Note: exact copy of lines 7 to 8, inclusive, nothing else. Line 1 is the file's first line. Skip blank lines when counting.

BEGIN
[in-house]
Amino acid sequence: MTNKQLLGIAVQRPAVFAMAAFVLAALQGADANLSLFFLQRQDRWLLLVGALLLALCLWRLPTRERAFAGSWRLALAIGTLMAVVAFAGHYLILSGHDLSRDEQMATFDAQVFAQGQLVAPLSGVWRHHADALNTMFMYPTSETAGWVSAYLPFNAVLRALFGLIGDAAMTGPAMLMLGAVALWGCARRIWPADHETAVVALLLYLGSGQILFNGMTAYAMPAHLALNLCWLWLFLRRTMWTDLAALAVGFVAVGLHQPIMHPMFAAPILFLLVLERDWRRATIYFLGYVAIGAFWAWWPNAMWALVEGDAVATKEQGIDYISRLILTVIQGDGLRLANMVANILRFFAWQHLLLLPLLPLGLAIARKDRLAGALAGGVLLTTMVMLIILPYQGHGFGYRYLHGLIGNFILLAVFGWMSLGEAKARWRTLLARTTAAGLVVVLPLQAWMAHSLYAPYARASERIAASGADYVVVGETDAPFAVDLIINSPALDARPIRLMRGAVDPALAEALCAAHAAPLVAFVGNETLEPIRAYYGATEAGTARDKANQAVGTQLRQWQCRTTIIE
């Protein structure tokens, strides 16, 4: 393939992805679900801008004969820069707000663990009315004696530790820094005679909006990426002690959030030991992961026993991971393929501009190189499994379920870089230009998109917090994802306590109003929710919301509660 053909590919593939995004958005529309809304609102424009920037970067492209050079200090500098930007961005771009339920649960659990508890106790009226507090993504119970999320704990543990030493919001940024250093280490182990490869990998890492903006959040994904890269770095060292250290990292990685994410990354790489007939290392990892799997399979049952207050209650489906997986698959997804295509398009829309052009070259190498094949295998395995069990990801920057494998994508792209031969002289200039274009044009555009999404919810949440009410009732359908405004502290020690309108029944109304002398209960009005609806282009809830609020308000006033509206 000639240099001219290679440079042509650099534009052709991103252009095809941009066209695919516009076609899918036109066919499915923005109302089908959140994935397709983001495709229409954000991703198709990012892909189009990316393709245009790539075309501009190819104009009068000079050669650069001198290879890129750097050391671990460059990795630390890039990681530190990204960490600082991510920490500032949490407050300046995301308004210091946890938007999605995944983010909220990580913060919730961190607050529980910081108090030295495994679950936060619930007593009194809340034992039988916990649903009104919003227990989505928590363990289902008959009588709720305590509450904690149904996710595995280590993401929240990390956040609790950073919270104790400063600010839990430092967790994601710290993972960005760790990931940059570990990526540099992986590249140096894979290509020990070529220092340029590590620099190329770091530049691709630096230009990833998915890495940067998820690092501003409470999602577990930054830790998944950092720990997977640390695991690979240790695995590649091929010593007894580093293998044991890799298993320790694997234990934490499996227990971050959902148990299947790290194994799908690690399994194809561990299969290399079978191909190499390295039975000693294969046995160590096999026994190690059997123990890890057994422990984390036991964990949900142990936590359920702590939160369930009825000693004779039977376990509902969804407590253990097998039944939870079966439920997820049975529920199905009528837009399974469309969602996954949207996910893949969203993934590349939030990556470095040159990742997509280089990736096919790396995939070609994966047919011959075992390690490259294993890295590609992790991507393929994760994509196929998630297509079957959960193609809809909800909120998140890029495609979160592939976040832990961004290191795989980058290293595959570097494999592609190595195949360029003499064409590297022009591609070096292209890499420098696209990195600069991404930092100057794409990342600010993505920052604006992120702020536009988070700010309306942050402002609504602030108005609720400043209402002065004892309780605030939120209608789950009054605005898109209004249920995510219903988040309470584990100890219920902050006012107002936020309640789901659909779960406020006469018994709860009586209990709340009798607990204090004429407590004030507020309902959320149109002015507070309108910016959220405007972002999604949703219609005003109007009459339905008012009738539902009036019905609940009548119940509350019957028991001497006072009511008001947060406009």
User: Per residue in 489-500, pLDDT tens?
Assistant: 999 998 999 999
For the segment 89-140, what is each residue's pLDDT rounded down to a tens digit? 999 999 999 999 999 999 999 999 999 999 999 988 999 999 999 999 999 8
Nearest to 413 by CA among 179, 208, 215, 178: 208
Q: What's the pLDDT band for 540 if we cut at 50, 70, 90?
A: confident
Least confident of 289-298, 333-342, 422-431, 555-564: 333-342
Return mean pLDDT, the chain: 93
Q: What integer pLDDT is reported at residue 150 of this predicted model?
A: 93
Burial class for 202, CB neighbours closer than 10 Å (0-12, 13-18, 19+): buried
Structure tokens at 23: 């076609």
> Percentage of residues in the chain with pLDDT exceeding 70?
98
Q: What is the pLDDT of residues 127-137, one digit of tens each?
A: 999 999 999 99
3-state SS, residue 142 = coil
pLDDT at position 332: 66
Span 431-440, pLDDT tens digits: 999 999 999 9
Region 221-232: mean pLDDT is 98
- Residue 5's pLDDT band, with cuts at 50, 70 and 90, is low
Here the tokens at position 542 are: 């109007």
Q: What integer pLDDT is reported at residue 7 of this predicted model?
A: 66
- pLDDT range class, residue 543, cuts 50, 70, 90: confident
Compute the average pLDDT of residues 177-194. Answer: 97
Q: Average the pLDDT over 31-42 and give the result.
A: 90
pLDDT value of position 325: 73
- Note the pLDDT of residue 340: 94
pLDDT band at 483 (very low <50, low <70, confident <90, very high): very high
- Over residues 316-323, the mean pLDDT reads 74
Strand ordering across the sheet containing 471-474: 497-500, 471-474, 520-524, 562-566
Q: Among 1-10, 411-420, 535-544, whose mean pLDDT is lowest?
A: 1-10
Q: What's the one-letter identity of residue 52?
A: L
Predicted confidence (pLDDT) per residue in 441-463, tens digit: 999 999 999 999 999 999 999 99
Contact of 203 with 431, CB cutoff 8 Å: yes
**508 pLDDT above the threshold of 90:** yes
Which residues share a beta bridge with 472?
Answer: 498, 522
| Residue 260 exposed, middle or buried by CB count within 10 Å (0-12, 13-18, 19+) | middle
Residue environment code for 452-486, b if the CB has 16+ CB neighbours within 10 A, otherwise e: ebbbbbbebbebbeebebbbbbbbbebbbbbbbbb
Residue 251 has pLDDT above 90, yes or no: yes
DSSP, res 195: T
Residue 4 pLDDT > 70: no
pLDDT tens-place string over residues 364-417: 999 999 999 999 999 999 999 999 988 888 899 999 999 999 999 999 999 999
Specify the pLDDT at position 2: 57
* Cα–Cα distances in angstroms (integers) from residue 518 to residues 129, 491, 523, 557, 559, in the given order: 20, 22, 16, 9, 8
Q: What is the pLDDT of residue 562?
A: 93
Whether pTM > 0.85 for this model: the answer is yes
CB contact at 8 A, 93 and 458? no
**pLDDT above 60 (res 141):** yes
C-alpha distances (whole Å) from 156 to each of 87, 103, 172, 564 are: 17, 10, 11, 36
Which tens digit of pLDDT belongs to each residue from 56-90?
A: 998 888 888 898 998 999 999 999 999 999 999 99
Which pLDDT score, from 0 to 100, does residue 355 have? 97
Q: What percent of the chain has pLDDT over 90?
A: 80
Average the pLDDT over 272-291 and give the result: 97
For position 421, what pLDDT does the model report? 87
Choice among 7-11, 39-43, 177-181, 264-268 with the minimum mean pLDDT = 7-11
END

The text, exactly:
Nearest to 413 by CA among 179, 208, 215, 178: 208
Q: What's the pLDDT band for 540 if we cut at 50, 70, 90?